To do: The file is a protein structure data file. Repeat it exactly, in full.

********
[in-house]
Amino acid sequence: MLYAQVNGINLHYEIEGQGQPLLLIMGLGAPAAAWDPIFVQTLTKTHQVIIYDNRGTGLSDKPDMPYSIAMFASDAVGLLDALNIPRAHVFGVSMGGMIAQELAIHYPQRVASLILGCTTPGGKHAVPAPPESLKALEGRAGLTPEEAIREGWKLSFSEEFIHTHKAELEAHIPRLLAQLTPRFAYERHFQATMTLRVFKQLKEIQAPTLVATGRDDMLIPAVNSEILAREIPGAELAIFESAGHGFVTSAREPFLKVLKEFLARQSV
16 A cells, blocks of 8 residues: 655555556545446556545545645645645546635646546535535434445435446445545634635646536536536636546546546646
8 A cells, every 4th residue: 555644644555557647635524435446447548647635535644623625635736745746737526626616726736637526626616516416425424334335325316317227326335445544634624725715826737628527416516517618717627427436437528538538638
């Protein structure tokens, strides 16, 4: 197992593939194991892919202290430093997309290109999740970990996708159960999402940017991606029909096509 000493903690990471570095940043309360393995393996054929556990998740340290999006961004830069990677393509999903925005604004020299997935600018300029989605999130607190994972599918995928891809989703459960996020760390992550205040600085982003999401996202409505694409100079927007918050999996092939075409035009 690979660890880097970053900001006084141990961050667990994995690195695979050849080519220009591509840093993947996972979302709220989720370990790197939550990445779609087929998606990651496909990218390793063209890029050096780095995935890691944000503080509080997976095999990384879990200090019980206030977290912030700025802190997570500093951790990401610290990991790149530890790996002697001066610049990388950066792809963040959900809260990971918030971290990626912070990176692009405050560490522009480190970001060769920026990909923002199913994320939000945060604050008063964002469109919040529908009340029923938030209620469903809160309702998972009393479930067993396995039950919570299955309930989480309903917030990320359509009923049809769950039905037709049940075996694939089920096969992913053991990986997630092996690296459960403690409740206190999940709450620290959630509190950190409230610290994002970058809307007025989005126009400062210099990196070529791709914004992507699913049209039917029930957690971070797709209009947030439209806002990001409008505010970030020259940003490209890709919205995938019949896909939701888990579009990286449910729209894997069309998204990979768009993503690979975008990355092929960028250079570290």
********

[in-house]
Amino acid sequence: MLYAQVNGINLHYEIEGQGQPLLLIMGLGAPAAAWDPIFVQTLTKTHQVIIYDNRGTGLSDKPDMPYSIAMFASDAVGLLDALNIPRAHVFGVSMGGMIAQELAIHYPQRVASLILGCTTPGGKHAVPAPPESLKALEGRAGLTPEEAIREGWKLSFSEEFIHTHKAELEAHIPRLLAQLTPRFAYERHFQATMTLRVFKQLKEIQAPTLVATGRDDMLIPAVNSEILAREIPGAELAIFESAGHGFVTSAREPFLKVLKEFLARQSV
16 A cells, blocks of 8 residues: 655555556545446556545545645645645546635646546535535434445435446445545634635646536536536636546546546646
8 A cells, every 4th residue: 555644644555557647635524435446447548647635535644623625635736745746737526626616726736637526626616516416425424334335325316317227326335445544634624725715826737628527416516517618717627427436437528538538638
């Protein structure tokens, strides 16, 4: 197992593939194991892919202290430093997309290109999740970990996708159960999402940017991606029909096509 000493903690990471570095940043309360393995393996054929556990998740340290999006961004830069990677393509999903925005604004020299997935600018300029989605999130607190994972599918995928891809989703459960996020760390992550205040600085982003999401996202409505694409100079927007918050999996092939075409035009 690979660890880097970053900001006084141990961050667990994995690195695979050849080519220009591509840093993947996972979302709220989720370990790197939550990445779609087929998606990651496909990218390793063209890029050096780095995935890691944000503080509080997976095999990384879990200090019980206030977290912030700025802190997570500093951790990401610290990991790149530890790996002697001066610049990388950066792809963040959900809260990971918030971290990626912070990176692009405050560490522009480190970001060769920026990909923002199913994320939000945060604050008063964002469109919040529908009340029923938030209620469903809160309702998972009393479930067993396995039950919570299955309930989480309903917030990320359509009923049809769950039905037709049940075996694939089920096969992913053991990986997630092996690296459960403690409740206190999940709450620290959630509190950190409230610290994002970058809307007025989005126009400062210099990196070529791709914004992507699913049209039917029930957690971070797709209009947030439209806002990001409008505010970030020259940003490209890709919205995938019949896909939701888990579009990286449910729209894997069309998204990979768009993503690979975008990355092929960028250079570290």